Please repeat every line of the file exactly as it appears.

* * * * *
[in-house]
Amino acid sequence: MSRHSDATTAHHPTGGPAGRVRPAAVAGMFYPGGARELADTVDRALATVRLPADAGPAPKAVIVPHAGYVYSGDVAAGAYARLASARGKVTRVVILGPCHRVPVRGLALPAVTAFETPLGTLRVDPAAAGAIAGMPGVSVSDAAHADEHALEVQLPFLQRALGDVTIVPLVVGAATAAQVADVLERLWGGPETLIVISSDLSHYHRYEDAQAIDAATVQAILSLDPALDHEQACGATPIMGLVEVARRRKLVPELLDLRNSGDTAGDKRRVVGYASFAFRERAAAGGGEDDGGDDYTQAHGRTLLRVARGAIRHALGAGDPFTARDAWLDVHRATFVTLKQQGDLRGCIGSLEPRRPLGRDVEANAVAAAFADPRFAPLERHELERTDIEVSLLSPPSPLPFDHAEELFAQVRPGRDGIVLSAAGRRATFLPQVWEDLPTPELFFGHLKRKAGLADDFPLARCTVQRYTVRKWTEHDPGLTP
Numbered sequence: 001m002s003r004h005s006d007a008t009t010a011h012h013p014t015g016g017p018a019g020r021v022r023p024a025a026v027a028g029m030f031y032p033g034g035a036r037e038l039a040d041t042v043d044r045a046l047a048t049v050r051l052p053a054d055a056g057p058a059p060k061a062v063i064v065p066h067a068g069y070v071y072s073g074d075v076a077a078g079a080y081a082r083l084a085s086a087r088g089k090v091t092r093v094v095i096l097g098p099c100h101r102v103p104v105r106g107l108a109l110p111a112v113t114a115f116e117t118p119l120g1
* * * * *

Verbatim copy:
[in-house]
Amino acid sequence: MSRHSDATTAHHPTGGPAGRVRPAAVAGMFYPGGARELADTVDRALATVRLPADAGPAPKAVIVPHAGYVYSGDVAAGAYARLASARGKVTRVVILGPCHRVPVRGLALPAVTAFETPLGTLRVDPAAAGAIAGMPGVSVSDAAHADEHALEVQLPFLQRALGDVTIVPLVVGAATAAQVADVLERLWGGPETLIVISSDLSHYHRYEDAQAIDAATVQAILSLDPALDHEQACGATPIMGLVEVARRRKLVPELLDLRNSGDTAGDKRRVVGYASFAFRERAAAGGGEDDGGDDYTQAHGRTLLRVARGAIRHALGAGDPFTARDAWLDVHRATFVTLKQQGDLRGCIGSLEPRRPLGRDVEANAVAAAFADPRFAPLERHELERTDIEVSLLSPPSPLPFDHAEELFAQVRPGRDGIVLSAAGRRATFLPQVWEDLPTPELFFGHLKRKAGLADDFPLARCTVQRYTVRKWTEHDPGLTP
Numbered sequence: 001m002s003r004h005s006d007a008t009t010a011h012h013p014t015g016g017p018a019g020r021v022r023p024a025a026v027a028g029m030f031y032p033g034g035a036r037e038l039a040d041t042v043d044r045a046l047a048t049v050r051l052p053a054d055a056g057p058a059p060k061a062v063i064v065p066h067a068g069y070v071y072s073g074d075v076a077a078g079a080y081a082r083l084a085s086a087r088g089k090v091t092r093v094v095i096l097g098p099c100h101r102v103p104v105r106g107l108a109l110p111a112v113t114a115f116e117t118p119l120g1